2. 3

                                        The same thing that’s happening now with whatsapp - users move.

                                        1. 2

                                          A fraction of users is moving, the technically literate ones. Everyone else stays where their contacts are, or which is often the case, installs another messenger and then uses n+1.

                                          1. 2

                                            A fraction of users is moving, the technically literate ones

                                            I don’t think that’s what’s happening now. There have been a lot of mainstream press articles about WhatsApp. The technical users moved to Signal when Facebook bought WhatsApp, I’m now hearing non-technical folks ask what they should migrate to from WhatsApp. For example, one of our administrators recently asked about Signal because some of her family want to move their family chat there from WhatsApp.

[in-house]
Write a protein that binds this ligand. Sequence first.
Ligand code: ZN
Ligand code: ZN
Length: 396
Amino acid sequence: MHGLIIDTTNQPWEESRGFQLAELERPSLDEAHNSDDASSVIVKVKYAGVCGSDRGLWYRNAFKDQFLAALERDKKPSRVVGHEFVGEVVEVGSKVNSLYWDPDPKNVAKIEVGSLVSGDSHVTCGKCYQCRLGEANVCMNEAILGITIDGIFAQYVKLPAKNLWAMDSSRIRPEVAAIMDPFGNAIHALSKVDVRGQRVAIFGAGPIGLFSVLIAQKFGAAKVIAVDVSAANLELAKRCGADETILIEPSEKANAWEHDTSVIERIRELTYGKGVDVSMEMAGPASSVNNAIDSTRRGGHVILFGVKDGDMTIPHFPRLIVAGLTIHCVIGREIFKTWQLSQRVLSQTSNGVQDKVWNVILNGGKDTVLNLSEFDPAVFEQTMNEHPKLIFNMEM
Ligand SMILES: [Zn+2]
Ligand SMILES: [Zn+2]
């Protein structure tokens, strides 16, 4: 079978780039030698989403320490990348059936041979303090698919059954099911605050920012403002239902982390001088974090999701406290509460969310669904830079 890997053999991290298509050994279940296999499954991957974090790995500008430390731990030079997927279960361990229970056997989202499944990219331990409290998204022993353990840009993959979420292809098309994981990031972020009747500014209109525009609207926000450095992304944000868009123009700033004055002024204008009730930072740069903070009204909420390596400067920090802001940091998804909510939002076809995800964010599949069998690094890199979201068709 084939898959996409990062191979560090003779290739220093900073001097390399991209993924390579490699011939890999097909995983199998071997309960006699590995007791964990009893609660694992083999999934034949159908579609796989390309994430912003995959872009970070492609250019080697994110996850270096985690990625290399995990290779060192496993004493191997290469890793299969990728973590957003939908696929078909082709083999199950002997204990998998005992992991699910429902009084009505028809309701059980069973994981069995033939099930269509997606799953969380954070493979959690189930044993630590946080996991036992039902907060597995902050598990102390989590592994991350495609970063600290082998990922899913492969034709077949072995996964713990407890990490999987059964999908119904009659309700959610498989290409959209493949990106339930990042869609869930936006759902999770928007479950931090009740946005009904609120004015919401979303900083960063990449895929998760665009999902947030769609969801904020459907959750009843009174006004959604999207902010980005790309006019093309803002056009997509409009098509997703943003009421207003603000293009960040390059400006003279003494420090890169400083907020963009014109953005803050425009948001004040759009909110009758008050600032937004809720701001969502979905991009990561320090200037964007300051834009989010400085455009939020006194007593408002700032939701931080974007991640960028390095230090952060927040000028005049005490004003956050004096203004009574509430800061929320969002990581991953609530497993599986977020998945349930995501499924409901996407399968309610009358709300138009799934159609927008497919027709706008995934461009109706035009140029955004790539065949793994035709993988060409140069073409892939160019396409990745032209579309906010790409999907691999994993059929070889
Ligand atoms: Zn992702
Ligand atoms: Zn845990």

1. 1

                                              Yeah these last two days I have been asked a few times about chat apps. I have also noticed my signal contacts list expand by quite a few contacts, and there are lots of friends/family who I would not have expected to make the switch in there. I asked one family member, a doctor, what brought her in and she said that her group of doctors on whatsapp became concerned after the recent announcements.